provision by A to comparable persons,
the provision to B is regulated by B’s terms, or
the benefit, facility or service relates to training.
“Comparable persons” means—
in relation to section 36(2) or (4), the other employees;
in relation to section 41(2) and (6), the other partners of the firm;
in relation to section 42(2) and (6), the other members of the LLP;
in relation to section 46(6) or (8) or 47(6), (7), (9) or (10), persons
holding offices or posts not materially different from that held by B.
the terms of B’s employment,
the terms on which B has the position as a partner or member, or
the terms of B’s appointment to the office.
A reference to the public includes a reference to a section of the public which
It is not a contravention of this Part, so far as relating to relevant
discrimination, to do anything in relation to an annuity, life insurance
policy, accident insurance policy or similar matter involving the assessment
the thing is done by reference to actuarial or other data from a source
on which it is reasonable to rely, and
794. This clause is designed to replicate the effect of the exception at regulation 34 of the
795. Life assurance cover is usually provided in respect of people below the age of 65 (or
the employer’s normal retirement age if different). Such cover is not provided in respect of
older people because, as the probability of death increases, it becomes more and more
expensive to provide. If employers were no longer able to impose – or had to objectively
justify – a “cut off” for the provision of such cover to those who have retired early, there is a
real risk they would simply “level down” in other words, they would cease to offer it to
anyone. This exception is intended to avoid that happening.
• An employer who has no normal retirement age provides life assurance cover to those
in his employment which ceases when an employee reaches 65 when an employee
retires early due to ill health. This is lawful.
• An employer who operates a normal retirement age of 70 provides life insurance
cover to those in his employment which ceases when an employee reaches the age of
70 when an employee retires early due to ill health. .
796. This paragraph creates an exception from the prohibition of age discrimination in
employment and certain other work relationships for benefits which relate to the provision of
child care, and to which access is restricted to children of a particular age group. The
exception applies not only to natural parents, but also to others with parental responsibility for
797. The exception covers benefits which relate to the provision of care for children aged
798. Following the ruling of the European Court of Justice in Coleman v Attridge Law, it is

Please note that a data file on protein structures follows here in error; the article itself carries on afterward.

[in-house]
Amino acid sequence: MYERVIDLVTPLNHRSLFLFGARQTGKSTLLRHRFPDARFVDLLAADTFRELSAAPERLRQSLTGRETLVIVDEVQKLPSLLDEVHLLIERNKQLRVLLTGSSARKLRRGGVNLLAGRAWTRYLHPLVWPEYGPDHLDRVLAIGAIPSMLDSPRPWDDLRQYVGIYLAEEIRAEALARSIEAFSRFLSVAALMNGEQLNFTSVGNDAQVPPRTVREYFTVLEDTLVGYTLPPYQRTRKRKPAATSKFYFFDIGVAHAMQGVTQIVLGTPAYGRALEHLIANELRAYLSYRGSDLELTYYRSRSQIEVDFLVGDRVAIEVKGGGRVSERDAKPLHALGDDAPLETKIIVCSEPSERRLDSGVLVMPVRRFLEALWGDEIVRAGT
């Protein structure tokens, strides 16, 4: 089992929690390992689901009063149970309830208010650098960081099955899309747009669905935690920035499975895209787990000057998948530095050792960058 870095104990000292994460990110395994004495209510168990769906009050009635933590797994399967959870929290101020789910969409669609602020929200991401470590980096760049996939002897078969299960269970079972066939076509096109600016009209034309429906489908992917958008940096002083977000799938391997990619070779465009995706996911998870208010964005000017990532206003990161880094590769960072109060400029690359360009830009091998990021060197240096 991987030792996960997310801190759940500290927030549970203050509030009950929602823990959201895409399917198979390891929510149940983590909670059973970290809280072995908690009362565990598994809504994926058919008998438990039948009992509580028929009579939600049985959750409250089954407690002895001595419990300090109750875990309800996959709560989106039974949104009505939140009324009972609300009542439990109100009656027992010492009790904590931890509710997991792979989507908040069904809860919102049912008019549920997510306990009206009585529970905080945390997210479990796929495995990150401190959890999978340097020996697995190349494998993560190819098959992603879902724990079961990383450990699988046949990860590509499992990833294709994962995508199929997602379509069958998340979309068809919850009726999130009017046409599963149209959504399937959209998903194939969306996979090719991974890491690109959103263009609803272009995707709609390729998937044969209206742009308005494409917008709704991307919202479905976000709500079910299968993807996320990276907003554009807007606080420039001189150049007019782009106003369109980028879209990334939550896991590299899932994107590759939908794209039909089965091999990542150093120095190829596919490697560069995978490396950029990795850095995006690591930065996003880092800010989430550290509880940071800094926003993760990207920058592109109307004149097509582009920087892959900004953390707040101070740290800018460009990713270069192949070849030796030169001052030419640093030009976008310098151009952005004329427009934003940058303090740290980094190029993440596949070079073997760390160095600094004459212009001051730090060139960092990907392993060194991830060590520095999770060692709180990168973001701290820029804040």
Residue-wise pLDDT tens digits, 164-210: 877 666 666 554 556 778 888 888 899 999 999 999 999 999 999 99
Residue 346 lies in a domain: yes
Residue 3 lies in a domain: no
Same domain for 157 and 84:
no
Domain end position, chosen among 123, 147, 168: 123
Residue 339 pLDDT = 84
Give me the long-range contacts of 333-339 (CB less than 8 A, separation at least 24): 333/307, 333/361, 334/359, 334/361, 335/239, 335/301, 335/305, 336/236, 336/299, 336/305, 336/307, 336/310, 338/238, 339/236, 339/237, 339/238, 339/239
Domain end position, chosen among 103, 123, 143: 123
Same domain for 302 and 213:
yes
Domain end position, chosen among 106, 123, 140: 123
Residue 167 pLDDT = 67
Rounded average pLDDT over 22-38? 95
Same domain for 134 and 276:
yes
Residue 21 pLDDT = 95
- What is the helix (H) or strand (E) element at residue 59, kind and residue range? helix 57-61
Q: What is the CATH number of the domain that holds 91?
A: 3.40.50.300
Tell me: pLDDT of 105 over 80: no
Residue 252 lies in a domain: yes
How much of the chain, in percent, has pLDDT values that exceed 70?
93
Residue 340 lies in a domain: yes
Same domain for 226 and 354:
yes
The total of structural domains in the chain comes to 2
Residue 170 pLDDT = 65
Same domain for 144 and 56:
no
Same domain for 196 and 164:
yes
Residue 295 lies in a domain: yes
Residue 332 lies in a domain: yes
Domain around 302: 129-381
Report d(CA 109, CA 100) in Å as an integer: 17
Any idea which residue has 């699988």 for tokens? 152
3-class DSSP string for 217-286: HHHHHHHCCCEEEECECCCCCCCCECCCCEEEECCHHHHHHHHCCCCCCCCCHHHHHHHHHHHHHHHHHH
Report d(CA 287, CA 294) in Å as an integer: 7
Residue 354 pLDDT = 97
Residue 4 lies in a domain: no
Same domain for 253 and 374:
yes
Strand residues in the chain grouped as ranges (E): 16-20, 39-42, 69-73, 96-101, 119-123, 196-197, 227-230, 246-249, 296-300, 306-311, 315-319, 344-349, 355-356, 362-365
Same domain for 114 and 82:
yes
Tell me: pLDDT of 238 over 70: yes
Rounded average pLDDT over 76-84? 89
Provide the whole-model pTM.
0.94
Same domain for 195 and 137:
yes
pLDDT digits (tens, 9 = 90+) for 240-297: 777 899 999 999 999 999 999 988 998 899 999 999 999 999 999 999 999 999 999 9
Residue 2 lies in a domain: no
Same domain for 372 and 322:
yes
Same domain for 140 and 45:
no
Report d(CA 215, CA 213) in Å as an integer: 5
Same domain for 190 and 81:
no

direct discrimination for an employer to treat an employee less favourably on grounds of the
age of an employee’s child. There is, therefore, a potential impact on the provision of
facilities, such as childcare, where access is limited by reference to the child’s age.
799. The exception will allow employers to continue to offer employees child care
facilities based on the age of a child without being open to a challenge of direct discrimination
• An employer may provide a crèche for employees’ children aged two and under; or a
holiday club open only to employees’ children aged between 5 and 9. In each of these
examples, the exception will allow an employer to discriminate against employees
because of their association with a child who does not fall within the specified age
• The exception does not apply to employee benefits which do not have a close
relationship with the provision of childcare. For example, if an employer offers
luncheon vouchers, gym membership or a company car only to those employees with
children of a particular age group, the exception does not apply as none of these
benefits involves childcare.
• Neither does the exception apply to benefits conferred as a result of the employee’s
employment, but applying directly to the child, where childcare is not involved. For
example, an employer may offer private healthcare to employees’ children up to a
certain age, or use of the employer’s services (e.g. free train tickets if the employer is a
train company) by such children.
Contributions to personal pensions schemes: paragraph 16
800. This paragraph gives a Minister the power to specify practices, actions or decisions
relating to age in respect of employer contributions to personal pension schemes that an
employer can use without breaching a non-discrimination rule.
801. Exceptions to the non-discrimination rule in relation to age in respect of employer
contributions to personal pension schemes are currently set out at Schedule 2 to the
Employment Equality (Age) Regulations 2006 (SI 2006/1031).
Non-contractual payments to women on maternity leave: paragraph 17
802. This paragraph sets out an exception to the prohibitions on pregnancy and maternity
discrimination by employers which allows an employer not to offer an applicant or provide an
employee who is on maternity leave the benefits of the non-contractual terms and conditions
of her employment. It also explains what is and is not covered by this exception.
803. This paragraph is designed to replicate the effect of provisions in the Sex
Discrimination Act 1975. It does for non-contractual terms and conditions of employment
relating to pay what is done for contractual terms in clause 69.
• An employer would not have to pay a woman on maternity leave a discretionary
bonus if the only condition of eligibility for the bonus was that the employee must be
in active employment at the time of payment.
• If a discretionary bonus amounted to retrospective payment for time worked over a
specific period (such as the past year) during which a woman took maternity leave, the
employer must include any part of that period the woman spent on compulsory
maternity leave in calculating the bonus.